Someone’s Chava

In Judaism, they say that everything happens for the best.  Even when things don’t seem to be turning out okay, it is all “Hashgaha Pratit” from Hashem. Well, although I didn’t grow up religious, I have to believe that what happened to me in the Summer of 2010 was an absolute miracle from God.

It was 2010 and I was turning 20-years-old. I was still a troubled young girl who was looking for herself and was looking to escape the difficult home I lived in. My parents were going to send me to college in New York at the end of my short vacation.  They told me that they might not be able to send me to New York, even though I was going to be the one paying for college. I couldn’t go back home (and certainly didn’t want to) even if that meant that I would have to sleep in Times Square.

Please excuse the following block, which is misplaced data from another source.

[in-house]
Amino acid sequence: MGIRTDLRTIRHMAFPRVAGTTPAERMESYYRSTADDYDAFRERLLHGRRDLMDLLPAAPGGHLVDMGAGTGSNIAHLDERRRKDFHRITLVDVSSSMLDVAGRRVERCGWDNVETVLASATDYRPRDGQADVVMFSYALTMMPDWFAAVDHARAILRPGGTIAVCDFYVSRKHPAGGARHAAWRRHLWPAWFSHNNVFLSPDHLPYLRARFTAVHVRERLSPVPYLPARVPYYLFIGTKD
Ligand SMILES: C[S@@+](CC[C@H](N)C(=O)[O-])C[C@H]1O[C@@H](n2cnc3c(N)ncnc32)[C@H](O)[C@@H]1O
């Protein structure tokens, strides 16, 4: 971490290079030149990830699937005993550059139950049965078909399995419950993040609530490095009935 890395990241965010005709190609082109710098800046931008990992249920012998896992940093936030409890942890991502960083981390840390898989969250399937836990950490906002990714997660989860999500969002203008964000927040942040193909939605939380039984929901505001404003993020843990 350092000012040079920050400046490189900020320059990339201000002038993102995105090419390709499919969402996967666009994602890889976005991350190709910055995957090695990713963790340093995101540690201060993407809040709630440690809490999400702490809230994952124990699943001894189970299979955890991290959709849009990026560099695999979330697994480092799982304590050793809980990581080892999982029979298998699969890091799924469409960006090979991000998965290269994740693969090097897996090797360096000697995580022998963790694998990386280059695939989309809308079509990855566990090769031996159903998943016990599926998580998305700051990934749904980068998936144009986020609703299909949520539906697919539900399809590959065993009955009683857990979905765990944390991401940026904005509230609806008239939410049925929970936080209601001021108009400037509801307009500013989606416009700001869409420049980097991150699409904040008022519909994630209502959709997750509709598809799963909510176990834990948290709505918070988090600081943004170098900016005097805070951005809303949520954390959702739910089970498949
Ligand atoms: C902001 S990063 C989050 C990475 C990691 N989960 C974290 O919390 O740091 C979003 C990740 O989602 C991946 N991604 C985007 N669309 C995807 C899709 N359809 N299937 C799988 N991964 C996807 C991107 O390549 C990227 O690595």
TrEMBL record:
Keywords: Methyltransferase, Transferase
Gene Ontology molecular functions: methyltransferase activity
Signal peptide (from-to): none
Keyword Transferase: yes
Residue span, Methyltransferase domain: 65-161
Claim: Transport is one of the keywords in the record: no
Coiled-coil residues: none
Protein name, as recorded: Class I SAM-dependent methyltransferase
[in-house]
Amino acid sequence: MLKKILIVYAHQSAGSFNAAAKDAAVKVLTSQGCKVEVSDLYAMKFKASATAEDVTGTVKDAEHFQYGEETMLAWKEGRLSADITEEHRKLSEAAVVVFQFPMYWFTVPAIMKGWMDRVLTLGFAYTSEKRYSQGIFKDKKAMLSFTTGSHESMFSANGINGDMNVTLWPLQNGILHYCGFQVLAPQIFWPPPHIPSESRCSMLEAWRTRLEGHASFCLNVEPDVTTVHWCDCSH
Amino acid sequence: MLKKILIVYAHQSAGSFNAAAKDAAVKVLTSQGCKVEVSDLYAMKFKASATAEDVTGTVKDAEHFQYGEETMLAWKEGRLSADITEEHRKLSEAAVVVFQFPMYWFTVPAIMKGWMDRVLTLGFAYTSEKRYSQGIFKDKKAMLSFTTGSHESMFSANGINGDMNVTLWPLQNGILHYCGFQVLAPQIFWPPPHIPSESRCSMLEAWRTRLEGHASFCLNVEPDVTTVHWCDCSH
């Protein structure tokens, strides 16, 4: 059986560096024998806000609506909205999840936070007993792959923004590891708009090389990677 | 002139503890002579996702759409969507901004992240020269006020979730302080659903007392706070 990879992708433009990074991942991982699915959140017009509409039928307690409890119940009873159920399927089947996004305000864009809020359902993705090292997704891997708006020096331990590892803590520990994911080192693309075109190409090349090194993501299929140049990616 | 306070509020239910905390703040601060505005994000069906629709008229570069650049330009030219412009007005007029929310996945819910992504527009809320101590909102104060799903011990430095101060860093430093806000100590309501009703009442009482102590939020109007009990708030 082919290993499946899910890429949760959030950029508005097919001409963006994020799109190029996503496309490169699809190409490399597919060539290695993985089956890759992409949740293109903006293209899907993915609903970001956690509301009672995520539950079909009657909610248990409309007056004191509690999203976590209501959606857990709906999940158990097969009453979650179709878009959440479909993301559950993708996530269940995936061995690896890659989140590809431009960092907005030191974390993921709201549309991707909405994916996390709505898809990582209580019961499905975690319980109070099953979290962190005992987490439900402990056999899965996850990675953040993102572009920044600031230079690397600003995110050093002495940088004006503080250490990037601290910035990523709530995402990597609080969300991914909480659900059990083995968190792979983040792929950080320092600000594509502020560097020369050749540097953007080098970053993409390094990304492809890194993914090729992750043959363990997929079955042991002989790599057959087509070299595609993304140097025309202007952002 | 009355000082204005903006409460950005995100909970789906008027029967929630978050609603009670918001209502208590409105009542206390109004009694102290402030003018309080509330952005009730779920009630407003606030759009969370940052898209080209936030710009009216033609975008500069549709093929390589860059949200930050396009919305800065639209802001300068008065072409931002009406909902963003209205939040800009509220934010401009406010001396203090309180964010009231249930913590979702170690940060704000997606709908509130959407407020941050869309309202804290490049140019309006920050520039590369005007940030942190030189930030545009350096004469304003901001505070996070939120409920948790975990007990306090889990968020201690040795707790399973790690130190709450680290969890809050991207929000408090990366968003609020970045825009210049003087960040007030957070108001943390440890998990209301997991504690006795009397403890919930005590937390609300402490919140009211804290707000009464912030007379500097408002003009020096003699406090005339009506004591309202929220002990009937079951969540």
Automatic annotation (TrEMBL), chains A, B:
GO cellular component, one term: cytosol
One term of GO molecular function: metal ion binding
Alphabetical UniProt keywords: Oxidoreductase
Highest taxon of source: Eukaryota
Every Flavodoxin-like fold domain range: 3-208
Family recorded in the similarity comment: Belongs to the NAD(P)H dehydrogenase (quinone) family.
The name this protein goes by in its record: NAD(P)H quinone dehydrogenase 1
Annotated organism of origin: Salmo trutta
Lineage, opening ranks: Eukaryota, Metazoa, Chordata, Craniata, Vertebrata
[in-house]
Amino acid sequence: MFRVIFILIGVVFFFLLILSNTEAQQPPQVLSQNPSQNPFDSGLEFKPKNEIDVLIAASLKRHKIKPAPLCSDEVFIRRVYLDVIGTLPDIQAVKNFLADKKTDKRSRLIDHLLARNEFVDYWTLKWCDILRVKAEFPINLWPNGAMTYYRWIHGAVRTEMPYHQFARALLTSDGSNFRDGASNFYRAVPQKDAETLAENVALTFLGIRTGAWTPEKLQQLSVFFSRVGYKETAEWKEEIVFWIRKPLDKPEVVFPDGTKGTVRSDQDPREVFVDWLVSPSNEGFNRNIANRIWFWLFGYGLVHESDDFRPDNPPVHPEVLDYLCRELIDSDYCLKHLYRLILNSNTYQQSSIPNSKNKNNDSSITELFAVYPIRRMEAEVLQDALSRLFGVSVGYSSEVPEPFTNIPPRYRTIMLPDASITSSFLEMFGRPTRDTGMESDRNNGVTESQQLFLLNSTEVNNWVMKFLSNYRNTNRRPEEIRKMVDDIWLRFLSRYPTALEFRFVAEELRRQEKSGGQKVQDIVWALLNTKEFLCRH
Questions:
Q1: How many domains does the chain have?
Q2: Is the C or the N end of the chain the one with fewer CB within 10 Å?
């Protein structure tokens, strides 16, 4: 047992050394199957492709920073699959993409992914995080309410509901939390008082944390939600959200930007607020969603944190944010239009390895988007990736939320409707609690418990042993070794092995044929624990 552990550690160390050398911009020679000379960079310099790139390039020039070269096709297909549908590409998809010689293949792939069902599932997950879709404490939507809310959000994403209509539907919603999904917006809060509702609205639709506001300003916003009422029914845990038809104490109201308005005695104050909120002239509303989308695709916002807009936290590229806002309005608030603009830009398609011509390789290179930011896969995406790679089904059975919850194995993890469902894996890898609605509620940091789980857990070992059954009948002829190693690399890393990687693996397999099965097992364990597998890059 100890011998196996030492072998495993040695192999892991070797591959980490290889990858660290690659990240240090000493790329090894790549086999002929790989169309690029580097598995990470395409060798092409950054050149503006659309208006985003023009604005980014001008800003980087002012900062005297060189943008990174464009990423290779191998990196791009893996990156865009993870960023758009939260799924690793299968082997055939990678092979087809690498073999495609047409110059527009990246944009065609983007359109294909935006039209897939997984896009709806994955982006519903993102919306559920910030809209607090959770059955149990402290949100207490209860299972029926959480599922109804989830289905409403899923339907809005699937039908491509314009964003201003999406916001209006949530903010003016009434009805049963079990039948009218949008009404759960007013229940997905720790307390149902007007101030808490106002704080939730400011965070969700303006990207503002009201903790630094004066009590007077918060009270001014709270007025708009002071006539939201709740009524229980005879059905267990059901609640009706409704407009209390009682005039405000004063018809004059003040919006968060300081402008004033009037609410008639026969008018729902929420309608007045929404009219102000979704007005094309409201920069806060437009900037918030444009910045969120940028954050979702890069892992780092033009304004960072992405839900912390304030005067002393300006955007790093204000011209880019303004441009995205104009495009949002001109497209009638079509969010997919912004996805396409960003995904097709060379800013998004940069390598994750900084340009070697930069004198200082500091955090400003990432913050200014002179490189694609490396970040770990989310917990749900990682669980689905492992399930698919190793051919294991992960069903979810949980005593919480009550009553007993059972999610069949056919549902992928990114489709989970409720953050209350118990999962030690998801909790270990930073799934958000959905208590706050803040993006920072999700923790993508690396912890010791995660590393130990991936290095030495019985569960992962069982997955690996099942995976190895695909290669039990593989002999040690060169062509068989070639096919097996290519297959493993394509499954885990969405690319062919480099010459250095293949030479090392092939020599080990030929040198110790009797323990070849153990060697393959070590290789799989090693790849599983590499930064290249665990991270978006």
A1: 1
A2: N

“If you are planning to stay here, do it on your own or come back home!” my father angrily told me over the phone.

So there I was, a Jewish girl all alone in New York City by herself with two dollars in her pocket.

Were was I going to go?

Where was I going to sleep??

Where is Manhattan???

Where is Brooklyn????

But, just when it seemed like everything could end terribly, something special happened.

Even though I didn’t know a thing about New York, I was led to the type of wonderful friend I’d been looking for all along. I was wearing a spaghetti shirt and tight jeans. The first train I was, somehow, going to hop on was the downtown train to Williamsburg. I asked a guy just before he left the train, “Where is the Jewish area?”  He wasn’t any help.

“Get off at a stop called Williamsburg,” I thought to myself. “I might sleep in the Jewish area…and if not, I might go to Times Square and stay there.”

When I arrived, every single person ignored me because I wasn’t wearing proper religious attire.  Even though I’m completely Ashkenazi, like them, just the fact that I wasn’t wearing the right clothing was a good enough reason to ignore me, in their minds. But, just like the saying, “There is a light at the end of the tunnel,” this one lady noticed and was willing to help.

“Are you okay?” she asked.

“Yes!” I answered happily, as if it was the first time someone ever noticed my existence.